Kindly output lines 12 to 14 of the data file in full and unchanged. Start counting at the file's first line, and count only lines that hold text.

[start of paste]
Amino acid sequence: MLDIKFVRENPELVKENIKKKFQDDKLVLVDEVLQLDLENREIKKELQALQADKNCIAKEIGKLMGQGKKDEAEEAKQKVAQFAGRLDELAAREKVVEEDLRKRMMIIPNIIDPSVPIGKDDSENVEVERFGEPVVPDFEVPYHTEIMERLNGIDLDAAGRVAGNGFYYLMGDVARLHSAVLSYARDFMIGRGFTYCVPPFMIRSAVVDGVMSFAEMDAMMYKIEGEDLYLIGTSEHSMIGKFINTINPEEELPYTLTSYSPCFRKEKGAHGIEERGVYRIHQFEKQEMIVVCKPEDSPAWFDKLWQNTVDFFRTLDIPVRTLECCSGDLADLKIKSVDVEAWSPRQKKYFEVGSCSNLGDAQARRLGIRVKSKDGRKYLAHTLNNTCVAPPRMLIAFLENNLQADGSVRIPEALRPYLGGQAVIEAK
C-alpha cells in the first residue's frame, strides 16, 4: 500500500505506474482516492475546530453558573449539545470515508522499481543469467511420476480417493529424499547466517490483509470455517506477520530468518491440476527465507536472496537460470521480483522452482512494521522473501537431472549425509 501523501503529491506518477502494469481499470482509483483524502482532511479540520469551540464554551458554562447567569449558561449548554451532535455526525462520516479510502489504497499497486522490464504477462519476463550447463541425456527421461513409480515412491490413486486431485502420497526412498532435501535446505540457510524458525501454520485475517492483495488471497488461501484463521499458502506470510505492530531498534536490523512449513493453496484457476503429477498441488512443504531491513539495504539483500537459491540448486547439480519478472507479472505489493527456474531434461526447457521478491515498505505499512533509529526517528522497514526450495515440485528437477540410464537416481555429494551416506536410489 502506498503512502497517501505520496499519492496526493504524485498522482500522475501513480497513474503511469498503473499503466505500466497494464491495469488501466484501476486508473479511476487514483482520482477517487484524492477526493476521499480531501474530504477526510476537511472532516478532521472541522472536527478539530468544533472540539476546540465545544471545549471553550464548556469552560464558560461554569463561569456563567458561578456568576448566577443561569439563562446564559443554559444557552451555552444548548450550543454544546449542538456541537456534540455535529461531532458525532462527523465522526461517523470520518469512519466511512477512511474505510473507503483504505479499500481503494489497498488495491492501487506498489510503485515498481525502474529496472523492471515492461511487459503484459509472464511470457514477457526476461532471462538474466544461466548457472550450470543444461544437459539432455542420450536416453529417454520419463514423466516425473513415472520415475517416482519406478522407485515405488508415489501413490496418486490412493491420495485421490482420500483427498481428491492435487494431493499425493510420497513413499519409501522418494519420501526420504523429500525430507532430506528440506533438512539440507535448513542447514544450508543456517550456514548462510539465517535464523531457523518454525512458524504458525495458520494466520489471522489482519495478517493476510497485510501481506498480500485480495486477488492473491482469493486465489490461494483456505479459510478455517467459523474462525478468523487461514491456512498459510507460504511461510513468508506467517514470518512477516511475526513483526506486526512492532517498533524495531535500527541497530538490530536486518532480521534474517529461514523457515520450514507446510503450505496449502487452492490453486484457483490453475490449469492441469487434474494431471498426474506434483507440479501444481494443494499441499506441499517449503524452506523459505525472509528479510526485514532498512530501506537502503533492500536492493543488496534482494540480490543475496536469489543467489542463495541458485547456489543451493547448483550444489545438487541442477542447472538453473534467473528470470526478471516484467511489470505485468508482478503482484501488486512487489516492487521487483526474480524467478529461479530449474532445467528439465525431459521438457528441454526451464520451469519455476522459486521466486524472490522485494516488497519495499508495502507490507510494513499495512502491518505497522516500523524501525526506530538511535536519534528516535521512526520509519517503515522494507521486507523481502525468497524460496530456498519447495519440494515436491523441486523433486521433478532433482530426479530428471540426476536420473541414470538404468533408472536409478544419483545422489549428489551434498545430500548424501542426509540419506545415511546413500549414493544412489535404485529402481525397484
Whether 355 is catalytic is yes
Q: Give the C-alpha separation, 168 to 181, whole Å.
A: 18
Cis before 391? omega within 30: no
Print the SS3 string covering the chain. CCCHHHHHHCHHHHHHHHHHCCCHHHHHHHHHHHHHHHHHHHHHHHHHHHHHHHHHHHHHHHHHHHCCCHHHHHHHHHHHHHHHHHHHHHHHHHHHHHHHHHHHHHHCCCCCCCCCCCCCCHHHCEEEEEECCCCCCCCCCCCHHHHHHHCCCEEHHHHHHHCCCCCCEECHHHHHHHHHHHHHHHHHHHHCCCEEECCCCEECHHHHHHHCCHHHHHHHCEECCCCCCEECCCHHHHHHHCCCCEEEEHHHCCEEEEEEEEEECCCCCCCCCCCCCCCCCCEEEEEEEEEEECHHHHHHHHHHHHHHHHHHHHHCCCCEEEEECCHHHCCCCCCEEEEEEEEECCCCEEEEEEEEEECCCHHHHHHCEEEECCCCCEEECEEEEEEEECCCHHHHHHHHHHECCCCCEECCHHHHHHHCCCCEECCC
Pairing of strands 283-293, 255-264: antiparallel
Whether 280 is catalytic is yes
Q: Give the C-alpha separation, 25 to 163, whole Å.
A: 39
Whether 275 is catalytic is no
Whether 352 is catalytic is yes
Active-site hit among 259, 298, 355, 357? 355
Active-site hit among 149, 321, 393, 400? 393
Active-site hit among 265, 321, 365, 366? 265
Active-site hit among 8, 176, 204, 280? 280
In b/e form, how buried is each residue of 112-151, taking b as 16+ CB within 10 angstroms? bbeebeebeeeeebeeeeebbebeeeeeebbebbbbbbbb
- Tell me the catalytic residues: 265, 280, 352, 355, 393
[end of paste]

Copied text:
Whether 275 is catalytic is no
Whether 352 is catalytic is yes
Active-site hit among 259, 298, 355, 357? 355